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Reconnecting With Your Spouse

Take a day off together

Beatrice and Mario Franco of Euless, Texas, each work about 40 hours a week. By the time they get home at 6:30 p.m., they have only a couple of hours to spend with their children, Brittney, 6, and Aleesa, 14 months, before their kids' bedtime  -- and their own soon after.

To buy themselves some quality adults-only time, the Francos schedule a joint vacation day once a month. They take their kids to school and daycare just like normal, and then go out for a nice breakfast: "You know, where you can actually eat your food while it's still hot," Beatrice jokes. Then they hang out  -- taking a nap or a walk in the mall or doing whatever they want during the rest of their vacation day.

They don't tell family, friends, or anyone else who might disturb their free time that they're at home. And then they end the day by picking up their kids as if they had just gotten off work.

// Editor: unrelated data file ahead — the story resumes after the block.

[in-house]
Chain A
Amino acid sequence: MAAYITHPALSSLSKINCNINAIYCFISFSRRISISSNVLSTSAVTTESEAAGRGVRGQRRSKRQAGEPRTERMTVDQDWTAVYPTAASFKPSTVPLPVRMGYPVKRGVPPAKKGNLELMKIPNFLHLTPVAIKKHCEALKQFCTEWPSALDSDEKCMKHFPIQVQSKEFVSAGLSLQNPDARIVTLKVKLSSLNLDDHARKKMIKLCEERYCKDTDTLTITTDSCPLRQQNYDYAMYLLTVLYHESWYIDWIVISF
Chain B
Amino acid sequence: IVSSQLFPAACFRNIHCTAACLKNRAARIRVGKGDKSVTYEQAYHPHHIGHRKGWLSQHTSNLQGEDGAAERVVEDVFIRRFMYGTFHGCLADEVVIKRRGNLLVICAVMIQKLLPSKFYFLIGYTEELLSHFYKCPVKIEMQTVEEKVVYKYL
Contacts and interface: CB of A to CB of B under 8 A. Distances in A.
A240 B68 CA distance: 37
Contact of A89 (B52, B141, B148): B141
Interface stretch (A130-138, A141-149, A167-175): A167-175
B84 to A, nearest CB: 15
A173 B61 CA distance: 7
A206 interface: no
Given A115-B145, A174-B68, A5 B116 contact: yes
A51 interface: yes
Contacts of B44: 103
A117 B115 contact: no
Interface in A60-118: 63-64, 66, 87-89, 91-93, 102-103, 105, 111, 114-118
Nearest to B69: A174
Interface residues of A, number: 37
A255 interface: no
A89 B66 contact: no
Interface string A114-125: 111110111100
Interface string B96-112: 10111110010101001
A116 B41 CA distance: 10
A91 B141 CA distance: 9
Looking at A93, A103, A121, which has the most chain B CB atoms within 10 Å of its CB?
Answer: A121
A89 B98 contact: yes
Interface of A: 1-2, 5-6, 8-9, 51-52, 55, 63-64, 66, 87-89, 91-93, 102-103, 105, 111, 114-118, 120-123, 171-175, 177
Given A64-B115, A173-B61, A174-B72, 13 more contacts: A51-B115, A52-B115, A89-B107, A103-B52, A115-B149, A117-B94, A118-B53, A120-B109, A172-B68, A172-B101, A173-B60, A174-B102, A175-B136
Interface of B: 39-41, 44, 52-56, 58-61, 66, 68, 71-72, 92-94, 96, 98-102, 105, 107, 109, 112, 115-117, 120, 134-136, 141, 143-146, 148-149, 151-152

Make it work for you
If you're saving up your vacation days for that summer trip to Disney World, get yourselves some time by dialing Grandma (or auntie or best girlfriend) and procure the (free) services of the one person who'll actually love helping out while you two steal away.

Grandma not available? Swap sitting with a neighbor. Or check out other low-cost alternatives. Peggy Wolff and her husband, Tom, of Burnsville, Minnesota, joined their local YMCA  -- which has free childcare for members  -- and started working out there together while their four kids stay in the supervised play area.

If your child is young enough, you could even take a scenic car ride  -- what little one can keep his eyes open during a relaxing ride?  -- and talk while you enjoy the view. The point is to eliminate the stress level that comes with kid drama by, well, getting rid of the kids for a while.

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